For Chris Carter at Destructoid, the repetition Lane describes is an expected part of the genre, and far more bearable in the endgame as he describes in his review:
"Is it grindy? Sure, that comes with the territory. The main map of Anthem is huge and I still haven't explored all of it, but the chief goal is to try to best existing content on higher difficulty settings and bag more impressive loot. Once I'm tired of it I'll stop, but I've been trying out all four Javelins sporadically and have been having a blast just... playing it. There's a lot more to say about Anthem's endgame in the coming weeks (and months, perhaps years), but right now I'm having fun."
"Is it grindy? Sure, that comes with the territory"
Grindiness aside, one element that reviewers largely agreed upon was that the game was made difficult to play at all points by the prevalence of technical issues and the length of the game's many, many loading screens. Frushtick counted a total of four loading screens just to equip a new piece of gear. Sam Loveridge at GamesRadar found their prevalence disrupted her ability to follow the game's story.
"Rubber-banding is a huge issue for this multiplayer title," she wrote in her review. I've lost count of the number of times I've dropped into a mission, only to be told I'm outside the mission area and be warped to the rest of my squad. You regularly miss out on vital mission information because of it, which doesn't help its major problems with scene setting, and forces you to watch loading screen after loading screen just to get into the action (which has sometimes even finished by the time you've caught up).
"Even after the Day One Patch, the loading screens are incessant, and plentiful, with them cropping up whenever you move from one area to another. Heck you have to watch two just to get in and out of your loadout menu, which is frustratingly only available from the Forge within Fort Tarsis."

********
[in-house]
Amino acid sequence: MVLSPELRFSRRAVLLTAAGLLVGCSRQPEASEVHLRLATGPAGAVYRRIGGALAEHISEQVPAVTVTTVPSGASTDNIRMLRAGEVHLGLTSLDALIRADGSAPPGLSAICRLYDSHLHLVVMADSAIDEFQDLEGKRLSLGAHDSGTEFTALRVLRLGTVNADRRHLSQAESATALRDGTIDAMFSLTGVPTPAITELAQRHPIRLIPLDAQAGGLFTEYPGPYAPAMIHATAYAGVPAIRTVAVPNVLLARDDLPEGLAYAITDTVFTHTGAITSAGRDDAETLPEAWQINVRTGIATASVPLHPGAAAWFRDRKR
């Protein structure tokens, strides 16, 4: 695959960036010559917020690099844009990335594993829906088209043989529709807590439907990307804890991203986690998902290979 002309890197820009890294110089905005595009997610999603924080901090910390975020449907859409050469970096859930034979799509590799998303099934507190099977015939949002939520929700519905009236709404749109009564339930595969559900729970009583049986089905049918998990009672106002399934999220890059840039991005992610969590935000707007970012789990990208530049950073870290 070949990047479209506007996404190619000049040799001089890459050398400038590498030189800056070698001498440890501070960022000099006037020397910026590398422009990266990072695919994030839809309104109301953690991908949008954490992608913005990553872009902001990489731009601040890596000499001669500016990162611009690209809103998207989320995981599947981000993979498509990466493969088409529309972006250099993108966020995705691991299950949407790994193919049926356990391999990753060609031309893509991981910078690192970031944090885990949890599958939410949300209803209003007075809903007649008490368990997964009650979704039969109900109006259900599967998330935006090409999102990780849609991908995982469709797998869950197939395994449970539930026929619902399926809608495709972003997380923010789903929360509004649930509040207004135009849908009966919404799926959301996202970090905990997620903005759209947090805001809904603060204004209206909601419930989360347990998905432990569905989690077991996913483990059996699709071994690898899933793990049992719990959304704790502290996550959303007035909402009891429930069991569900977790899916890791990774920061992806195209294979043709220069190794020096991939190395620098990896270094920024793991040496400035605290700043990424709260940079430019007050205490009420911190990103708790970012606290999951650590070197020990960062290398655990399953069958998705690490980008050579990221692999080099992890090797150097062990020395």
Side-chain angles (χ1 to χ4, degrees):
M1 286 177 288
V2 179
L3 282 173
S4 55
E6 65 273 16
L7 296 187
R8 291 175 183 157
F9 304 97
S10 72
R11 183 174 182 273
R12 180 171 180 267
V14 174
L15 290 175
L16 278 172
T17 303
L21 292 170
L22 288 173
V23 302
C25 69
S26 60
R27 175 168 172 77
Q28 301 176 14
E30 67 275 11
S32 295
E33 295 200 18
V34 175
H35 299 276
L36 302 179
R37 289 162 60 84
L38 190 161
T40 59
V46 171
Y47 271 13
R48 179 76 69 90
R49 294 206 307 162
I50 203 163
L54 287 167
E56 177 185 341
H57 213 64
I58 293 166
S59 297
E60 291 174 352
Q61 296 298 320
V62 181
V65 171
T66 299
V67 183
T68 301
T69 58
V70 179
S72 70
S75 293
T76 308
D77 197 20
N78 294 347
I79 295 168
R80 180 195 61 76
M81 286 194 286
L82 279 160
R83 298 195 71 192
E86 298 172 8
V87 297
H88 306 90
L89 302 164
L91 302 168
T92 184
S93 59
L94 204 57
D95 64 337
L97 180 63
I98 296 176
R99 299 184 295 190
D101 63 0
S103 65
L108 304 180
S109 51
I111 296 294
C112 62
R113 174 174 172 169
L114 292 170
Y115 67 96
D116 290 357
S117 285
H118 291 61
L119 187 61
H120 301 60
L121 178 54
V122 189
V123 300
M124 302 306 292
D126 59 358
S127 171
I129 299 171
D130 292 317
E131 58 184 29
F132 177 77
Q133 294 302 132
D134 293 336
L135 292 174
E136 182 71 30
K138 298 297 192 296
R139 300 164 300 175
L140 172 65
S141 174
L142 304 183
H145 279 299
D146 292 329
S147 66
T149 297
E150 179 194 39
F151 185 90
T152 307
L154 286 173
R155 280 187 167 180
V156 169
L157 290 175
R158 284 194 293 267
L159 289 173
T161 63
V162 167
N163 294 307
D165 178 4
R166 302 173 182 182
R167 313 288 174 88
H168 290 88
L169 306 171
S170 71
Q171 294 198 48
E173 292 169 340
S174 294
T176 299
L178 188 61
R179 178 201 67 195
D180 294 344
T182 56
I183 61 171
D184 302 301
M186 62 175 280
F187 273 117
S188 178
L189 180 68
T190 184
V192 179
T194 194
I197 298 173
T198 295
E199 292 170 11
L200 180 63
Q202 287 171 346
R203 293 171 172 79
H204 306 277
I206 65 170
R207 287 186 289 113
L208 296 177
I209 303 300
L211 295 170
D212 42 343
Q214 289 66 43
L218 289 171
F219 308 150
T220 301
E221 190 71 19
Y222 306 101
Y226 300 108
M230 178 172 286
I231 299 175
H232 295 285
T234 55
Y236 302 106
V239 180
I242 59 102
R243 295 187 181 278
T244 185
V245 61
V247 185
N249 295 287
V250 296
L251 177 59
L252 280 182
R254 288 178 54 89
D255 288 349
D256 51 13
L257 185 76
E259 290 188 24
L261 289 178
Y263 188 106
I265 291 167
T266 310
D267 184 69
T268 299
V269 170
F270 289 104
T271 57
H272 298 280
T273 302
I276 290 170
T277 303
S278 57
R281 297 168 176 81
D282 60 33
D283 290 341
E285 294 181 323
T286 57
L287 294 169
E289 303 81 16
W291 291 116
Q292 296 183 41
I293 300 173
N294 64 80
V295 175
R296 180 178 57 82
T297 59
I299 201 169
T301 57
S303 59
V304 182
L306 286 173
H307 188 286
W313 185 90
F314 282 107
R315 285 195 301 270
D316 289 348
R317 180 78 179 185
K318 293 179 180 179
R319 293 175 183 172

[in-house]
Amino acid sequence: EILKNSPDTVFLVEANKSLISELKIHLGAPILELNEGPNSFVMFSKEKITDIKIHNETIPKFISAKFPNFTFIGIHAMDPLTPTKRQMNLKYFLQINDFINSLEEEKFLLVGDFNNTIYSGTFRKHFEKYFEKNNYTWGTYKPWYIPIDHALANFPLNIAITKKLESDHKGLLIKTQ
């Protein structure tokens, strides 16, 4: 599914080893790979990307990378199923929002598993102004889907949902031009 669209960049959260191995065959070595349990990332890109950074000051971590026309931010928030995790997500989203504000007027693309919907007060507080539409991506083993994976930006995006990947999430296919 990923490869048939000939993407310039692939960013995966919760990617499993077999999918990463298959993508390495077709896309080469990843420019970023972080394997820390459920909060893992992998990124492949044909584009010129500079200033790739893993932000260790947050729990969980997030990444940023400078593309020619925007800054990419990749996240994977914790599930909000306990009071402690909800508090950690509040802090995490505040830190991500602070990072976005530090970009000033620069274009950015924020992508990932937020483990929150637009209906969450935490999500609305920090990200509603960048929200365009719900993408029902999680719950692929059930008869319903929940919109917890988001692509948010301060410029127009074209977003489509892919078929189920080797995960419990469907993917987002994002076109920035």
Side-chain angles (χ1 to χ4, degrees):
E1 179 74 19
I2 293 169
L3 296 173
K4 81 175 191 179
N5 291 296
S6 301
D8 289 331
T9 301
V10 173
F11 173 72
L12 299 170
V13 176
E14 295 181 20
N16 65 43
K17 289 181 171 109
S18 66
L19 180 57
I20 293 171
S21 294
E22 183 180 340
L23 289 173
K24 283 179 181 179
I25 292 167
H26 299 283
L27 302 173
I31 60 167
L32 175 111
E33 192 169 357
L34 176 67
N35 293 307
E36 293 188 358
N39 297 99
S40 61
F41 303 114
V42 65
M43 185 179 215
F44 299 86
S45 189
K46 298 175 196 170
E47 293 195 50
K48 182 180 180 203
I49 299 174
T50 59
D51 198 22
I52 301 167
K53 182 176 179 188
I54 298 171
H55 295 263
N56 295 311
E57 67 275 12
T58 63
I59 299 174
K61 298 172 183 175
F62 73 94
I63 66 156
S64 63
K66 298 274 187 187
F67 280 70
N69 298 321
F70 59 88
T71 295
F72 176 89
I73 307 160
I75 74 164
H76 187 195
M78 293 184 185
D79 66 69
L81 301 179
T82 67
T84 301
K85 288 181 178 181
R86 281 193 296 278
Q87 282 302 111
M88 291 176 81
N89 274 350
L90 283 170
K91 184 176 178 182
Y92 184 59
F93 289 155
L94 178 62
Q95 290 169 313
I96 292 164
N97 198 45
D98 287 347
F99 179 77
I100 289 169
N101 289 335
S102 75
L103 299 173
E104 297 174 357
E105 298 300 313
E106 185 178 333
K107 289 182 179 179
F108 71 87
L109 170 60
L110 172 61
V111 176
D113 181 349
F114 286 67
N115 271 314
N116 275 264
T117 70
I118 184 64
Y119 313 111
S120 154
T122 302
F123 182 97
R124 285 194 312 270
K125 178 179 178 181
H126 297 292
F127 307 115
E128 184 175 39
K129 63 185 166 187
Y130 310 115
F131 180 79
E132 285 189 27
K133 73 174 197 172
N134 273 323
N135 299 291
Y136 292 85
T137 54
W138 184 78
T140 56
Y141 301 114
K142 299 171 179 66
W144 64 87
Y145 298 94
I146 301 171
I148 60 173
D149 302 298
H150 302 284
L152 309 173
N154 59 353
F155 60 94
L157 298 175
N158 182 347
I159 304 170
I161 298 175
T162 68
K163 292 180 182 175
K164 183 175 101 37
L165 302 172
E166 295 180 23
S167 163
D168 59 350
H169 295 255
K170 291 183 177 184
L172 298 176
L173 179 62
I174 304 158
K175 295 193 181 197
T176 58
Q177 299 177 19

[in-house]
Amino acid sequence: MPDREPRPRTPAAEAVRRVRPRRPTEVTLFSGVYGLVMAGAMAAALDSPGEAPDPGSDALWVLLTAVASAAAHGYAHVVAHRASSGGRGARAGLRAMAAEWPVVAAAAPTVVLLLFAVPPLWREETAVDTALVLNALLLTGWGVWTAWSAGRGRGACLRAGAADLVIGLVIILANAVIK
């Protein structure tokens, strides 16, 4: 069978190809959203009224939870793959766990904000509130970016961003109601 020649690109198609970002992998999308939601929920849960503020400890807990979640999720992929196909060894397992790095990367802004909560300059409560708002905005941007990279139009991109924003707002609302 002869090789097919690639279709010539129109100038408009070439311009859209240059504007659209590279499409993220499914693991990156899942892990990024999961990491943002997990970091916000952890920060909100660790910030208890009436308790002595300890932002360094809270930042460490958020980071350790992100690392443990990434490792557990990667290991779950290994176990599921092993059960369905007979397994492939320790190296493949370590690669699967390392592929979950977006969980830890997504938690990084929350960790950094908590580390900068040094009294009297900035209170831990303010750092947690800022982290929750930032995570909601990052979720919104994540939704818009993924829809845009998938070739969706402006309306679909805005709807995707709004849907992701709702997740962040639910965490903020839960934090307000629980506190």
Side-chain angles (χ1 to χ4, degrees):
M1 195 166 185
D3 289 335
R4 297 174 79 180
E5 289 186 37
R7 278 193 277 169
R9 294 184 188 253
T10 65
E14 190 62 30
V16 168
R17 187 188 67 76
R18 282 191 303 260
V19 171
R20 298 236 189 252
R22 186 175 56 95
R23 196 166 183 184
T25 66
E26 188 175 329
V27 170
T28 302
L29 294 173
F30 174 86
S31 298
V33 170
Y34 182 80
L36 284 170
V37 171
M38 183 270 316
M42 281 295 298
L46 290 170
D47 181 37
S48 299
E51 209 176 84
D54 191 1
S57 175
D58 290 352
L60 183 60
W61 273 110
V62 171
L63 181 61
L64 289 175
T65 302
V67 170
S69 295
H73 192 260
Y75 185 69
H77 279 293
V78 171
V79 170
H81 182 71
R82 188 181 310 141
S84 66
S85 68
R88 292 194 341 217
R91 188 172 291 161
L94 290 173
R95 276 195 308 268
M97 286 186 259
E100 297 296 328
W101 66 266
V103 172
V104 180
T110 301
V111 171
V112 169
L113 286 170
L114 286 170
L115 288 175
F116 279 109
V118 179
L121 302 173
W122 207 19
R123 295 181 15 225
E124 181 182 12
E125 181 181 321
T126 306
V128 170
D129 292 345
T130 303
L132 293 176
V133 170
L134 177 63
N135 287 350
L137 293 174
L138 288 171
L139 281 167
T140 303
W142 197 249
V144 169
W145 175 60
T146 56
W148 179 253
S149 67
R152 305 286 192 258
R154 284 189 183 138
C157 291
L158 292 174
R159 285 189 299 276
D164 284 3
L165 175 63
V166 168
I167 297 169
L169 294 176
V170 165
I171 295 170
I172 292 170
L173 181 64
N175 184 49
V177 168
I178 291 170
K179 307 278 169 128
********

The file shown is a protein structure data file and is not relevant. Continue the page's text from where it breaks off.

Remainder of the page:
Though Loveridge was frustrated at the difficulty of following the story due to loading screens, it doesn't sound as though story moments sans loading screens were especially interesting. James Duggan at IGN felt the game's plot was largely pointless to the rest of the game.
"The bulk of the plot is delivered in lengthy, barely interactive chunks every time you return to Fort Tarsis between expeditions. You'll exit your nimble Javelin, mute voice chat, and meander around the small and eerily silent walled city at a snail's pace.
"Only during two major plot developments during the approximately 15-hour storyline do the things being discussed here appear to have actual consequence beyond the gates of Fort Tarsis, pairing unique mission gameplay with story elements in a meaningful way -- even though there are no meaningful decisions to be made that affect outside gameplay. But these glimpses of the BioWare of old dissipate back into your regularly scheduled tedium as quickly as they arise."
Like Duggan, McKeand and others found Anthem to be a disappointment from BioWare especially, given the studio's past successes at merging strong storytelling with meaningful gameplay.
"I went into Anthem with an open mind," McKeand concludes. "It's a game I wanted to succeed from a studio I've always been fond of. Unfortunately, it's everything everyone feared at reveal. It's a hollow experience that's been designed to appeal to the widest market possible while squeezing more money out of those who are hooked in by its doggy treat design."